Kent Family Placement Project

From Wikipedia, the free encyclopedia
Jump to: navigation, search

The Kent Family Placement Project (also known as the "Kent Project") was initiated in 1975 by Nancy Hazel, noted author and previous Research Fellow with the University of Kent department of Social Work.

History[edit]

In 1974, a Council of Europe-commissioned working group of international researchers completed a report on child placement practices. At the conclusion of the study, Hazel embarked on another study of her own which focused on Sweden and Belgium. Conventional wisdom in England at the time surmised that adolescents were unfit for foster care. Adolescents were perceived as being too old, tempestuous, or unhealthy.

The only solution available involved the institutionalisation of such children by way of alternative or boarding schools. Adolescents languished in restrictive and single-sex residential care.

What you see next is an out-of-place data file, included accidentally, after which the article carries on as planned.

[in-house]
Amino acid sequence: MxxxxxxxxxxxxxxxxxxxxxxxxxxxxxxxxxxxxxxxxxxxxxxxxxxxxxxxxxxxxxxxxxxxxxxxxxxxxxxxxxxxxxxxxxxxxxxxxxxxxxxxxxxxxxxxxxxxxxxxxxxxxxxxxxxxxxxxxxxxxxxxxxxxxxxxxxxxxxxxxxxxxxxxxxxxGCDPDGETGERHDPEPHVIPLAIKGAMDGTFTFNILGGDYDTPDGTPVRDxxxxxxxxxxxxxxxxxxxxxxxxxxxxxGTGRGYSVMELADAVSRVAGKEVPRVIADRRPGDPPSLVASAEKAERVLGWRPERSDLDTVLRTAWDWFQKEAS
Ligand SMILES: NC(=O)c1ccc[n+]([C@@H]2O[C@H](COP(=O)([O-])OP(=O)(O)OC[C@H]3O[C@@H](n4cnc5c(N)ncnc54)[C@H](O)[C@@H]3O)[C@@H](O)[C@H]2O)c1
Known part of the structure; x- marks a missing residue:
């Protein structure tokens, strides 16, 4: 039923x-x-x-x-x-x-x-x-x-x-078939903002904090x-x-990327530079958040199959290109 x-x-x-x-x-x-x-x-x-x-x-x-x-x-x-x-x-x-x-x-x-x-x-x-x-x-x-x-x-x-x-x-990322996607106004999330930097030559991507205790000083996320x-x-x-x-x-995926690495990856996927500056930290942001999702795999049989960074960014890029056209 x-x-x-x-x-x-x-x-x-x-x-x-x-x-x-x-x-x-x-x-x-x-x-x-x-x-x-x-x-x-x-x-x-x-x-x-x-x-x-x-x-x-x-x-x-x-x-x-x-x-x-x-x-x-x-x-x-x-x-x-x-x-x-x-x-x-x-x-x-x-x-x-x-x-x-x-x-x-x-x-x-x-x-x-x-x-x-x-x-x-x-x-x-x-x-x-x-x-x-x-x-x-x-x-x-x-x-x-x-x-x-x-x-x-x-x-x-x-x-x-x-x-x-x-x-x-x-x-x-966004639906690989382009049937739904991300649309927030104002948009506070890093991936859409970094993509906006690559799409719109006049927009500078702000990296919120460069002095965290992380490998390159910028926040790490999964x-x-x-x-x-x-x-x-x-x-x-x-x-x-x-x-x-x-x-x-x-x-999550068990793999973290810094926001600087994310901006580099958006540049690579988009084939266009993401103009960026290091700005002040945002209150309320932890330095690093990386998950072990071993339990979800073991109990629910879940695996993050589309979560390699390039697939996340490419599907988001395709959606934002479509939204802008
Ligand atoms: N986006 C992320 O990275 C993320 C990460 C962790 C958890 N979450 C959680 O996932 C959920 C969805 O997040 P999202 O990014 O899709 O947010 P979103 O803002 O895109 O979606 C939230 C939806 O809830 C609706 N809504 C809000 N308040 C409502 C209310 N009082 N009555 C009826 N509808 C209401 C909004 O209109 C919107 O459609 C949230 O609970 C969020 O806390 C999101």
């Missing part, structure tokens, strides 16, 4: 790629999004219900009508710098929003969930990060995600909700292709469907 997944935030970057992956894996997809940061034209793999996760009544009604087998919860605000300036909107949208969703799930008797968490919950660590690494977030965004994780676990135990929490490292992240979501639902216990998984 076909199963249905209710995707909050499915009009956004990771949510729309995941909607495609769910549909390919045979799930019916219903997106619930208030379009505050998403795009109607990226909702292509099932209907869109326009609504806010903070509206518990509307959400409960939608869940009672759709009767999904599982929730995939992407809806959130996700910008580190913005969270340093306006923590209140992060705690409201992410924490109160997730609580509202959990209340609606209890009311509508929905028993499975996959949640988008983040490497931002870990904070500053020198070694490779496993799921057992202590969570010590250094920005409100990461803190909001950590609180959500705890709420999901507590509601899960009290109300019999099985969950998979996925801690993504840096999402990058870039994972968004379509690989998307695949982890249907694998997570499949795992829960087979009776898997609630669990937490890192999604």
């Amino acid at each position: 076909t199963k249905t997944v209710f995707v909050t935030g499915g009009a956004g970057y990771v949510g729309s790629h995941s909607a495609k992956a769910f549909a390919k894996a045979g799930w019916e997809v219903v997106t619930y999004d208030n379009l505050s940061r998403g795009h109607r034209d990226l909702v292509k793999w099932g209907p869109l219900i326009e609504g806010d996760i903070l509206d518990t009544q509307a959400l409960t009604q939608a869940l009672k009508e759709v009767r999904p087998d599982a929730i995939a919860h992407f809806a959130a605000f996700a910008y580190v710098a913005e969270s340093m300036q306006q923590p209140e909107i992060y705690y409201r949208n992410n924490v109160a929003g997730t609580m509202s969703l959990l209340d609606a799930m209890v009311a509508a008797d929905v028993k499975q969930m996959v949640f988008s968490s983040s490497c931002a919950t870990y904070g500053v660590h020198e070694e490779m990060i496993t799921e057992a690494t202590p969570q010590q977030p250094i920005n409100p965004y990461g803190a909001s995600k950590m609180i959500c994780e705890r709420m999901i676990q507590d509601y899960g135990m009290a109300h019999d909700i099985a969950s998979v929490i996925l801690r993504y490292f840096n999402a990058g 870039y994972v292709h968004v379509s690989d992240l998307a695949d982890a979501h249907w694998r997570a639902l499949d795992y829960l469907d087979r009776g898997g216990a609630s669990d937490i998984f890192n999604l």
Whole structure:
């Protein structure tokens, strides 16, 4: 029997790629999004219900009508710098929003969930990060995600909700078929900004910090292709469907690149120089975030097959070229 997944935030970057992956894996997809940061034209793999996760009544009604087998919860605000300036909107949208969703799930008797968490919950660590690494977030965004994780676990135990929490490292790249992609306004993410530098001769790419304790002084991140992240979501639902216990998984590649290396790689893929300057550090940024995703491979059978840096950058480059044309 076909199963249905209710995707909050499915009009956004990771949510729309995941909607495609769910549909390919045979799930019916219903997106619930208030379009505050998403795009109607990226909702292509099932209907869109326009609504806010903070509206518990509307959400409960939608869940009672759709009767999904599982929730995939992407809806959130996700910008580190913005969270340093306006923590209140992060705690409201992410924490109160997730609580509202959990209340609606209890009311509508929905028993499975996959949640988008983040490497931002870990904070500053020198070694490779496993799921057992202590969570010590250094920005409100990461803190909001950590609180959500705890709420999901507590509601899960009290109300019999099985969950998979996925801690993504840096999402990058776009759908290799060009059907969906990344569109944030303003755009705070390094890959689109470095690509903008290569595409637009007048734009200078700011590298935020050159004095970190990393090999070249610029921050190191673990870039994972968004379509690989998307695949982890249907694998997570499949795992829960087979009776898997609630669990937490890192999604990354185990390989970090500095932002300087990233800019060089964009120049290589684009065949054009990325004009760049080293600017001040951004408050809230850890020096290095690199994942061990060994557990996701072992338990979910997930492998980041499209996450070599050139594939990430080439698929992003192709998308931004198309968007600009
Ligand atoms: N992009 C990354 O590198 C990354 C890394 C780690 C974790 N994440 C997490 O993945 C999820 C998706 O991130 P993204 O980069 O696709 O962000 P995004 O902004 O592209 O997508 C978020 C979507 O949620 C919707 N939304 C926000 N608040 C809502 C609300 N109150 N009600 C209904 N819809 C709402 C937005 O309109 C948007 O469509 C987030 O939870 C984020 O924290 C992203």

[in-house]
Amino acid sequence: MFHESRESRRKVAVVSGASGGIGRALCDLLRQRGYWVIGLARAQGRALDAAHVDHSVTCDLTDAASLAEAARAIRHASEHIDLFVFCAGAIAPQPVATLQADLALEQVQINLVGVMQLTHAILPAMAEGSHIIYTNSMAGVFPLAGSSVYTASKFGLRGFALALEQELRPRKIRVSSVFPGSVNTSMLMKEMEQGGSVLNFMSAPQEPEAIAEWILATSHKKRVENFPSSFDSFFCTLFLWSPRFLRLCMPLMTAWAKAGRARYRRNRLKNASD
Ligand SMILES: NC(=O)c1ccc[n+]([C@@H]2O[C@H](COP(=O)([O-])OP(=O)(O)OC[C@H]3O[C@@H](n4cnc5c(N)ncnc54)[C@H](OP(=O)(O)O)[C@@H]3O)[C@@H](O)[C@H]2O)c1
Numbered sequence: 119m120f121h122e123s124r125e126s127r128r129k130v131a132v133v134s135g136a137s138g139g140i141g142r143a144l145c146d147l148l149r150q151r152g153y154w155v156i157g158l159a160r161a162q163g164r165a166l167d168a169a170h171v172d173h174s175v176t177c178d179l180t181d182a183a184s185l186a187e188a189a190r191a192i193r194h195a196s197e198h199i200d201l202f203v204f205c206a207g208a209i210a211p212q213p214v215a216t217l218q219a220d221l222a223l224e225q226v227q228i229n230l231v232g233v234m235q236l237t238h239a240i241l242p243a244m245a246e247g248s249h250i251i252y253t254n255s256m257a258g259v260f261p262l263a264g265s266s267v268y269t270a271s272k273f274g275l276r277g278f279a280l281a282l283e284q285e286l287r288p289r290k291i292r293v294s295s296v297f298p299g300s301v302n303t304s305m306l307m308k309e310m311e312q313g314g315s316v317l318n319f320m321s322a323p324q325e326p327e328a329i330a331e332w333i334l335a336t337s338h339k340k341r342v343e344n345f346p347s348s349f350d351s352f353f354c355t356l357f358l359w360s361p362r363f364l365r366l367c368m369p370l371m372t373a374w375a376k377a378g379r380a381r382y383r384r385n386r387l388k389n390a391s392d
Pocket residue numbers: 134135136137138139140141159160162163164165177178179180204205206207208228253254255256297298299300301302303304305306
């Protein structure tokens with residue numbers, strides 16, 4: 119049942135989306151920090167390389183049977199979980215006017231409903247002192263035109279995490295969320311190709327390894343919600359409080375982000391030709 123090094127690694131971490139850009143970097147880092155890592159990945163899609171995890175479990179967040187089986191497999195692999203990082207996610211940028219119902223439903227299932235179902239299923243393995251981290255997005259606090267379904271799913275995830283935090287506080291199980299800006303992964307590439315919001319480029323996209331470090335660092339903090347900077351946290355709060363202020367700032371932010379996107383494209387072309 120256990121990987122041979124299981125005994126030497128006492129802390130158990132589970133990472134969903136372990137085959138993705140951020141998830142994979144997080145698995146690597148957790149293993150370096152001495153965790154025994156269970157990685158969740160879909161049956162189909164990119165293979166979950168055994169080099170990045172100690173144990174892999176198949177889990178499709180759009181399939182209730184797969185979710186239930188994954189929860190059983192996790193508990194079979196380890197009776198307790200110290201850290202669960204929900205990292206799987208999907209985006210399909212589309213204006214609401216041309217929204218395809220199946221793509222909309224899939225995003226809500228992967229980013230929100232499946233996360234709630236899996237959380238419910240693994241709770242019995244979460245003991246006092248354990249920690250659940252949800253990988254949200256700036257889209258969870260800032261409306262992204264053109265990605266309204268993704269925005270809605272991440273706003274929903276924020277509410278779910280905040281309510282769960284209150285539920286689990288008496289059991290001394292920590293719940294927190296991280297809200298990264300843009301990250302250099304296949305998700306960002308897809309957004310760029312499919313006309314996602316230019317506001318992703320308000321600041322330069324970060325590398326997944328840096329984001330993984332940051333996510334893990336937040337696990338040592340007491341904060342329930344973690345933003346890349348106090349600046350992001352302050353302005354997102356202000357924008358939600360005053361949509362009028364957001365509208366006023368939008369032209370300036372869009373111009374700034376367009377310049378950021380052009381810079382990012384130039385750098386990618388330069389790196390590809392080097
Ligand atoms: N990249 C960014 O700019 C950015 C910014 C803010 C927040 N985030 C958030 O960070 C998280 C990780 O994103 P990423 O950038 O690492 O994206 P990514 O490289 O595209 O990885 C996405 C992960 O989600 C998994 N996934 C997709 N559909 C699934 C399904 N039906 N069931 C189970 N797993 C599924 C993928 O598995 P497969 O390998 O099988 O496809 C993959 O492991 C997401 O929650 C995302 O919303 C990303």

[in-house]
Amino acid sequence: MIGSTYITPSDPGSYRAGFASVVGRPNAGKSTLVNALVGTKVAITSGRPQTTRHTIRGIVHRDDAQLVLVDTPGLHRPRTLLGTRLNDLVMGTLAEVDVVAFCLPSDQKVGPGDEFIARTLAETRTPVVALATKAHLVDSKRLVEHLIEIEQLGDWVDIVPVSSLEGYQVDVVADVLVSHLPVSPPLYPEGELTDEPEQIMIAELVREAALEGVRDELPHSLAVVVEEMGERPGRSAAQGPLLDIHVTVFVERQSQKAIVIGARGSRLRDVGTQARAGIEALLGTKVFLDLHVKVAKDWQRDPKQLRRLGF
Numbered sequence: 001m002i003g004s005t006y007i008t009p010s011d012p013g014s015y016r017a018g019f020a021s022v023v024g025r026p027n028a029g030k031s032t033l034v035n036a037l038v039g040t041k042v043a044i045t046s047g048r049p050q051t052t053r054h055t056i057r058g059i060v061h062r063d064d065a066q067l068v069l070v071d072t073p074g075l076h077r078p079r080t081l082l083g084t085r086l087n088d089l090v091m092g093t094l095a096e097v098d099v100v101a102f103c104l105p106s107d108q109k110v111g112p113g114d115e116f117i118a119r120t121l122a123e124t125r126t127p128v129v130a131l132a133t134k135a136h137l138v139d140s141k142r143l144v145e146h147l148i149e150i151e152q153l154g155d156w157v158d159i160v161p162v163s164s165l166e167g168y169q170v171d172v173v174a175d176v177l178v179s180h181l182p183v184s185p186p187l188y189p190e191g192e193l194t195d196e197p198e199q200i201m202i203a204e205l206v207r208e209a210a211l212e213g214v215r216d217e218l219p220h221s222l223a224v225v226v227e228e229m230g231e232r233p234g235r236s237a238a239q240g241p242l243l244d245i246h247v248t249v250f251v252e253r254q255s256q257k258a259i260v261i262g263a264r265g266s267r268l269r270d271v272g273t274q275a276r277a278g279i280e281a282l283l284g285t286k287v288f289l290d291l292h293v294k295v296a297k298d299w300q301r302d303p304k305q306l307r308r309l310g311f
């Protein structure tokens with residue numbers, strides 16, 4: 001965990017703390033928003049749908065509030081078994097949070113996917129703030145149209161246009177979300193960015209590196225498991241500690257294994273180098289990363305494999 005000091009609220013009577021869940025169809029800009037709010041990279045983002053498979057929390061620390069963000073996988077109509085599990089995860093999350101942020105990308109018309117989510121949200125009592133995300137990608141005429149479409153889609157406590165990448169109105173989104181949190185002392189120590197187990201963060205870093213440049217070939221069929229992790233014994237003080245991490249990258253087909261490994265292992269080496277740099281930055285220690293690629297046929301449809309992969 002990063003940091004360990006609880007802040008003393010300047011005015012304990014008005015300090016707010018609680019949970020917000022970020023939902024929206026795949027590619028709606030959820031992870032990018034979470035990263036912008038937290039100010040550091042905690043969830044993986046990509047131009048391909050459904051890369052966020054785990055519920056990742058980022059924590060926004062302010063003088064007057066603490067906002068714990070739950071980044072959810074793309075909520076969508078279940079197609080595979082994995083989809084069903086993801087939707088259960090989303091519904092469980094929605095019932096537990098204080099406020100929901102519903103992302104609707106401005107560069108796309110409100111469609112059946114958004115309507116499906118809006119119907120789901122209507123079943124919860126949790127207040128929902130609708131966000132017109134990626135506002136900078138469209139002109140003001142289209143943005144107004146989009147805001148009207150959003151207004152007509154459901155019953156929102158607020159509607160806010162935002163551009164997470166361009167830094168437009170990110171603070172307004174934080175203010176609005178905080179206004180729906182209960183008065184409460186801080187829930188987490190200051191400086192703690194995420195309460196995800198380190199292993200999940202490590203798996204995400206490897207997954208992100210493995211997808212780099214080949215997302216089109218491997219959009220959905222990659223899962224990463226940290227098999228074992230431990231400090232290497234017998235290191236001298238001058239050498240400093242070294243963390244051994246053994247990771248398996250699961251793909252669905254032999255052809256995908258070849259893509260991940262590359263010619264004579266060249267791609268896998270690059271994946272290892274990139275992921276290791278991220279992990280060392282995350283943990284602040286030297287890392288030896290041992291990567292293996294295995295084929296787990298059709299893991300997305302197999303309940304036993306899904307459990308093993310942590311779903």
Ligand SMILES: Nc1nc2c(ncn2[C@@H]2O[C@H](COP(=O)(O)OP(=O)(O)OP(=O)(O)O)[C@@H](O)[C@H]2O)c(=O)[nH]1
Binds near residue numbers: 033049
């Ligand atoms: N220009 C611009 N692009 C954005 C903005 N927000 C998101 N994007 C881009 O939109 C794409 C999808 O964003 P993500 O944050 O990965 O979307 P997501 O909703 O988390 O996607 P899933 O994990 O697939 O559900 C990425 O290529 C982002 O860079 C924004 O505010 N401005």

To address this problem, made a rather controversial proposal; putting teenagers into foster care instead of residential care. The idea encountered a fair amount of resistance, because it went against conventional wisdom.

The Kent Family Placement Project was designed to keep looked-after children with family and friends, encourage participation of the looked-after child with their caregivers, as well as offering compensation and proper training to foster carers for their work.

References[edit]

  • Specialist Foster Family Care: A Normalizing Experience, edited by Burt Galaway, Joe Hudson. The Haworth Press. 1989.